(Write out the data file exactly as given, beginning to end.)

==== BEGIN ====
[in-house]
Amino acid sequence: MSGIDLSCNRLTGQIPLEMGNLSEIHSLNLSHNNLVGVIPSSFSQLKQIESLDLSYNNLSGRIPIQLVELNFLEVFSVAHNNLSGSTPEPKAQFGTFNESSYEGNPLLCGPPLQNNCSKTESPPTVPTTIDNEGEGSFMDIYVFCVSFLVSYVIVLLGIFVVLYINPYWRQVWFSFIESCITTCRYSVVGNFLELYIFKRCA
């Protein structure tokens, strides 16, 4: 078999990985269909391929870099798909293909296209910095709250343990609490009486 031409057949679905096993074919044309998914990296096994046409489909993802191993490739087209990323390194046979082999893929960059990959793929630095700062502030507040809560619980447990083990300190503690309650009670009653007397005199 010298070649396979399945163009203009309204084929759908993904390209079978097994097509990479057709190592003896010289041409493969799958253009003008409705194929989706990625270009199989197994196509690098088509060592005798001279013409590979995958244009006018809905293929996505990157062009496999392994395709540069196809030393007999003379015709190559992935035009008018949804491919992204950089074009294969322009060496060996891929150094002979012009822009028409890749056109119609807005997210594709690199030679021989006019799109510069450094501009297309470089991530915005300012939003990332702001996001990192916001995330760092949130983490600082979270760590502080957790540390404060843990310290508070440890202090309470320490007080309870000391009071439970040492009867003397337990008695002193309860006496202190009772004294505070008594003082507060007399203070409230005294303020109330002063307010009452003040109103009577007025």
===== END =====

[in-house]
Amino acid sequence: MSGIDLSCNRLTGQIPLEMGNLSEIHSLNLSHNNLVGVIPSSFSQLKQIESLDLSYNNLSGRIPIQLVELNFLEVFSVAHNNLSGSTPEPKAQFGTFNESSYEGNPLLCGPPLQNNCSKTESPPTVPTTIDNEGEGSFMDIYVFCVSFLVSYVIVLLGIFVVLYINPYWRQVWFSFIESCITTCRYSVVGNFLELYIFKRCA
């Protein structure tokens, strides 16, 4: 078999990985269909391929870099798909293909296209910095709250343990609490009486 031409057949679905096993074919044309998914990296096994046409489909993802191993490739087209990323390194046979082999893929960059990959793929630095700062502030507040809560619980447990083990300190503690309650009670009653007397005199 010298070649396979399945163009203009309204084929759908993904390209079978097994097509990479057709190592003896010289041409493969799958253009003008409705194929989706990625270009199989197994196509690098088509060592005798001279013409590979995958244009006018809905293929996505990157062009496999392994395709540069196809030393007999003379015709190559992935035009008018949804491919992204950089074009294969322009060496060996891929150094002979012009822009028409890749056109119609807005997210594709690199030679021989006019799109510069450094501009297309470089991530915005300012939003990332702001996001990192916001995330760092949130983490600082979270760590502080957790540390404060843990310290508070440890202090309470320490007080309870000391009071439970040492009867003397337990008695002193309860006496202190009772004294505070008594003082507060007399203070409230005294303020109330002063307010009452003040109103009577007025």